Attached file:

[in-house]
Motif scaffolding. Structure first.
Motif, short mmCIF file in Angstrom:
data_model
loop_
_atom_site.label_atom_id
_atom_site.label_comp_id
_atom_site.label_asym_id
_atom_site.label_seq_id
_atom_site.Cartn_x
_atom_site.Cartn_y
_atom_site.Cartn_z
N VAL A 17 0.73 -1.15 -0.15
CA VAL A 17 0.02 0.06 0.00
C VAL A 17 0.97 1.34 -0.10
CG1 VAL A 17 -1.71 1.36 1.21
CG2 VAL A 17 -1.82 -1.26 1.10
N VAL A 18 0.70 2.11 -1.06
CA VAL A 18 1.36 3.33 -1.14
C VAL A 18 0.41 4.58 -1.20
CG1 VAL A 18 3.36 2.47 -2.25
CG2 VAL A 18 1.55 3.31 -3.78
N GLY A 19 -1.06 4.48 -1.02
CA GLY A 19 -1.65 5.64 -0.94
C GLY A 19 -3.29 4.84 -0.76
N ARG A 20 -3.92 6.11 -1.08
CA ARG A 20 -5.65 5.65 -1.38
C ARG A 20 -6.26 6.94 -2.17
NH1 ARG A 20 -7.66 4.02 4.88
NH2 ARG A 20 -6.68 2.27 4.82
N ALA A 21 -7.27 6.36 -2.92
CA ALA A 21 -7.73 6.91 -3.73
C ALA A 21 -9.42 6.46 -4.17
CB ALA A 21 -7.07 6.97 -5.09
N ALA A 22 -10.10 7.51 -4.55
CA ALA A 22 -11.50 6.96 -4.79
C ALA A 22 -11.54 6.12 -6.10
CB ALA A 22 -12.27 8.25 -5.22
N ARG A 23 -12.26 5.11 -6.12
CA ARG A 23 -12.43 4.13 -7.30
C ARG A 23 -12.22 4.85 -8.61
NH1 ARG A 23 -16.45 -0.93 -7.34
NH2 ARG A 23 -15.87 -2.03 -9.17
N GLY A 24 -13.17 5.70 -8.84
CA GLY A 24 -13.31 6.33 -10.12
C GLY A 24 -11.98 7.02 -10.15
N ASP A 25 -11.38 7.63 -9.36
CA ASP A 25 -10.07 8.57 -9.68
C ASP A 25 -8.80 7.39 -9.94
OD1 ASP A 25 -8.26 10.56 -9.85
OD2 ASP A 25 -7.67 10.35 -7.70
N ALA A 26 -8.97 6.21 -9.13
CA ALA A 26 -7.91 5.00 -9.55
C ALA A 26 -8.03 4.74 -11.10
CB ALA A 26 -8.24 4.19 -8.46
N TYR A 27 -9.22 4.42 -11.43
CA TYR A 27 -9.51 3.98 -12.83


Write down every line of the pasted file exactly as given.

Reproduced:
[in-house]
Motif scaffolding. Structure first.
Motif, short mmCIF file in Angstrom:
data_model
loop_
_atom_site.label_atom_id
_atom_site.label_comp_id
_atom_site.label_asym_id
_atom_site.label_seq_id
_atom_site.Cartn_x
_atom_site.Cartn_y
_atom_site.Cartn_z
N VAL A 17 0.73 -1.15 -0.15
CA VAL A 17 0.02 0.06 0.00
C VAL A 17 0.97 1.34 -0.10
CG1 VAL A 17 -1.71 1.36 1.21
CG2 VAL A 17 -1.82 -1.26 1.10
N VAL A 18 0.70 2.11 -1.06
CA VAL A 18 1.36 3.33 -1.14
C VAL A 18 0.41 4.58 -1.20
CG1 VAL A 18 3.36 2.47 -2.25
CG2 VAL A 18 1.55 3.31 -3.78
N GLY A 19 -1.06 4.48 -1.02
CA GLY A 19 -1.65 5.64 -0.94
C GLY A 19 -3.29 4.84 -0.76
N ARG A 20 -3.92 6.11 -1.08
CA ARG A 20 -5.65 5.65 -1.38
C ARG A 20 -6.26 6.94 -2.17
NH1 ARG A 20 -7.66 4.02 4.88
NH2 ARG A 20 -6.68 2.27 4.82
N ALA A 21 -7.27 6.36 -2.92
CA ALA A 21 -7.73 6.91 -3.73
C ALA A 21 -9.42 6.46 -4.17
CB ALA A 21 -7.07 6.97 -5.09
N ALA A 22 -10.10 7.51 -4.55
CA ALA A 22 -11.50 6.96 -4.79
C ALA A 22 -11.54 6.12 -6.10
CB ALA A 22 -12.27 8.25 -5.22
N ARG A 23 -12.26 5.11 -6.12
CA ARG A 23 -12.43 4.13 -7.30
C ARG A 23 -12.22 4.85 -8.61
NH1 ARG A 23 -16.45 -0.93 -7.34
NH2 ARG A 23 -15.87 -2.03 -9.17
N GLY A 24 -13.17 5.70 -8.84
CA GLY A 24 -13.31 6.33 -10.12
C GLY A 24 -11.98 7.02 -10.15
N ASP A 25 -11.38 7.63 -9.36
CA ASP A 25 -10.07 8.57 -9.68
C ASP A 25 -8.80 7.39 -9.94
OD1 ASP A 25 -8.26 10.56 -9.85
OD2 ASP A 25 -7.67 10.35 -7.70
N ALA A 26 -8.97 6.21 -9.13
CA ALA A 26 -7.91 5.00 -9.55
C ALA A 26 -8.03 4.74 -11.10
CB ALA A 26 -8.24 4.19 -8.46
N TYR A 27 -9.22 4.42 -11.43
CA TYR A 27 -9.51 3.98 -12.83